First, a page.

Shonda Rhimes is a television producer, screenwriter, and founder of the production company Shondaland. Rhimes created the long-running television medical drama, Grey’s Anatomy, on ABC and became its head writer and executive producer. She also became the executive producer of Grey’s Anatomy spin-off Private Practice, Scandal, Off the Map, How to Get Away with Murder, and The Catch.
According to Forbes, Grey’s Anatomy brought in $2 billion over the years to ABC’s parent company, Disney. In 2017, she quit traditional TV for Netflix, a move many analysts described as “unprecedented.”
She signed a five-year pact with the streaming giant for at least $100 million and renewed in 2021, according to Forbes. She created hit series like “Bridgerton” and its spin-off, “Queen Charlotte: A Bridgerton Story” as well as “Inventing Anna” after joining Netflix.
The 53-year-old and mother of three debuted on the Forbes list of self-made richest women with a net worth of $250 million.
Born in Chicago, Illinois, Rhimes attended Dartmouth College where she majored in English and film studies and earned her bachelor’s degree in 1991. She spent more time directing and performing in student productions while she wrote fiction and articles for the college newspaper.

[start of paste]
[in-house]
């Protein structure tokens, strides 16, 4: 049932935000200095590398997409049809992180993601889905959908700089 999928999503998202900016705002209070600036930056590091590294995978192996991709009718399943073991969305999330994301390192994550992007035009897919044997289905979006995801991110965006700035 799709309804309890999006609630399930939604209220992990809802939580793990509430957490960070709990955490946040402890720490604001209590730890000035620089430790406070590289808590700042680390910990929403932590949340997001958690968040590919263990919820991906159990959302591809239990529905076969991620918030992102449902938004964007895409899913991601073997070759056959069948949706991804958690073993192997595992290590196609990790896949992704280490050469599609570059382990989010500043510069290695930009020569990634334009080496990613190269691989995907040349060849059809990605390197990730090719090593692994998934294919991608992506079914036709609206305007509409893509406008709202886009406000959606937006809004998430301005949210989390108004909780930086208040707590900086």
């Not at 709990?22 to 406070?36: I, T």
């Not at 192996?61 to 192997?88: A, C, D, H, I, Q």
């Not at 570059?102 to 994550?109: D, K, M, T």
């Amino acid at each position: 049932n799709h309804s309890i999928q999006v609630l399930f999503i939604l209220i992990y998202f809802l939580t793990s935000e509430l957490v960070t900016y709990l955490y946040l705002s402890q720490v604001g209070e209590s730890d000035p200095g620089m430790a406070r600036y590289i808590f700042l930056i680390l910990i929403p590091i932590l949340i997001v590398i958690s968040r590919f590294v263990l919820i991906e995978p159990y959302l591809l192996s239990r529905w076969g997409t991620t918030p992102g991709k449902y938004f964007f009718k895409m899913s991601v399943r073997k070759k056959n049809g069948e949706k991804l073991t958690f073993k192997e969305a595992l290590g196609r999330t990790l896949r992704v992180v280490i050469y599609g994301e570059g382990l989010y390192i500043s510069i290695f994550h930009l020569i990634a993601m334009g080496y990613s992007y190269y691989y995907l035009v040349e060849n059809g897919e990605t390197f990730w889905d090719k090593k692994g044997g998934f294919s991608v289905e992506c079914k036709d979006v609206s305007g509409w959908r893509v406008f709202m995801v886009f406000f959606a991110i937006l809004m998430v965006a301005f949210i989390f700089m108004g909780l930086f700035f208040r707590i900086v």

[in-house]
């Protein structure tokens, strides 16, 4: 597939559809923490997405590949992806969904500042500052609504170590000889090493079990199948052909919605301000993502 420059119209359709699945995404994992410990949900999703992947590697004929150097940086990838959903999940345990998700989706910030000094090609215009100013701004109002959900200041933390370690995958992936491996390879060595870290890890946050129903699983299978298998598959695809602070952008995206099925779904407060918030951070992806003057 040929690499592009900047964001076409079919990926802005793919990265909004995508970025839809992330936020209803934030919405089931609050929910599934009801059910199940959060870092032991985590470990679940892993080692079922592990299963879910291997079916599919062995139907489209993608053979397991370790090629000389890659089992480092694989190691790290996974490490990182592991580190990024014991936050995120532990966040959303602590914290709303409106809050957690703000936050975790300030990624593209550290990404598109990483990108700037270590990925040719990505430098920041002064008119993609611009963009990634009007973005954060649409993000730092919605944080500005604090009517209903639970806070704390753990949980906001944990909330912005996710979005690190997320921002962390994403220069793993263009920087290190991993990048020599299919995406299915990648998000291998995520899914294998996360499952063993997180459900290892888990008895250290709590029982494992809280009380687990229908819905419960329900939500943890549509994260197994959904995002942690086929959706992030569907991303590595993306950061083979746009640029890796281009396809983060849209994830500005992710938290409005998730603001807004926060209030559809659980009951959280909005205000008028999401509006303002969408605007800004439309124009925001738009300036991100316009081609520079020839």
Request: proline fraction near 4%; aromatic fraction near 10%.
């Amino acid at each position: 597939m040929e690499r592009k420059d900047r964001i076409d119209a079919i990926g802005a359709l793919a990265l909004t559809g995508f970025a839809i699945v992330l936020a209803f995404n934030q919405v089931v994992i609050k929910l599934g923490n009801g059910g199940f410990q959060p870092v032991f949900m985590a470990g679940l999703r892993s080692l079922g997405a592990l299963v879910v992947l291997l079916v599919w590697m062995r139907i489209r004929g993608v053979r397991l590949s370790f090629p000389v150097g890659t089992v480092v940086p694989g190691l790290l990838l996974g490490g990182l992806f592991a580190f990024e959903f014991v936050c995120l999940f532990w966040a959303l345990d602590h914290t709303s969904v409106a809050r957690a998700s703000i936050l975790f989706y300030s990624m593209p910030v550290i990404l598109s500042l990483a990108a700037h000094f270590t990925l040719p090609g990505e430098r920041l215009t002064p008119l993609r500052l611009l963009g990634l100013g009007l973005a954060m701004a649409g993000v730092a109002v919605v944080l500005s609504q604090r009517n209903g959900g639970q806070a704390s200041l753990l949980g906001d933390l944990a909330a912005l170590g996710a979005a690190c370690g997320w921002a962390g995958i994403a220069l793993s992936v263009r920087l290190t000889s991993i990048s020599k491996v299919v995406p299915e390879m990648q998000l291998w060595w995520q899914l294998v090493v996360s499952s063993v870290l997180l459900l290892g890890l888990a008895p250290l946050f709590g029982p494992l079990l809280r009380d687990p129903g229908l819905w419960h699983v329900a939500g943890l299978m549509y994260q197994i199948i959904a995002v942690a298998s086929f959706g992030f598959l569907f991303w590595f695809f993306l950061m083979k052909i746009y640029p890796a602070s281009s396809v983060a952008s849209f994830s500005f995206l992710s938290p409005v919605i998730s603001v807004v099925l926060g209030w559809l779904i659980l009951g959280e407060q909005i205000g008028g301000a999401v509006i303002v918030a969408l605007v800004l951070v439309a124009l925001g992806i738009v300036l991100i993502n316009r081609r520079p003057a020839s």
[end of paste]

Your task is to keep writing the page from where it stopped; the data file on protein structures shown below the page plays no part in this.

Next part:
She moved to San Francisco and worked in advertising before moving to Los Angeles where she studied screenwriting at the University of Southern California and obtained a Master of Fine Arts degree from the School of Cinematic Arts.
Rhimes worked with Debra Martin Chase as an intern while in school and she also worked at Denzel Washington’s company, Mundy Lane Entertainment. She took some odd jobs after graduating while working as a research director on the documentary, Hank Aaron: Chasing the Dream (1995), which won the 1995 Peabody Award.
She made a short film Blossoms and Veils in 1998, starring Jada Pinkett-Smith and Jeffrey Wright before receiving an assignment to co-write the HBO movie Introducing Dorothy Dandridge (1999) starring Halle Berry. It earned numerous awards.
Rhimes wrote pop singer Britney Spears’ debut film Crossroads in 2001 and worked on writing Disney’s sequel to its popular movie, The Princess Diaries (2001). She wrote her first TV pilot about young female war correspondents for ABC but the network turned it down.
In 2005, she debuted Grey’s Anatomy as a mid-season replacement on ABC and it has been running since. She produced its spin-off series Private Practice in 2007 whose finale was aired in 2013.
She has since developed many pilots and produced many series for ABC. In 2017, she entered into an exclusive multi-year development deal with Netflix under which all of her future productions will be Netflix Original series. Netflix had already purchased U.S. streaming rights to past episodes of Grey’s Anatomy and Scandal.
Rhimes received an honorary doctorate from her alma mater Dartmouth College in 2014 and published her first book, a memoir in 2015 titled, Year of Yes: How to Dance It Out, Stand in the Sun, and Be Your Own Person. She also launched a series of online screenwriting lessons through MasterClass in 2016.
Shonda Rhimes has won many awards including a Golden Globe award and three Emmy Award nominations. She is an inspiration to many black people who want to go into television production.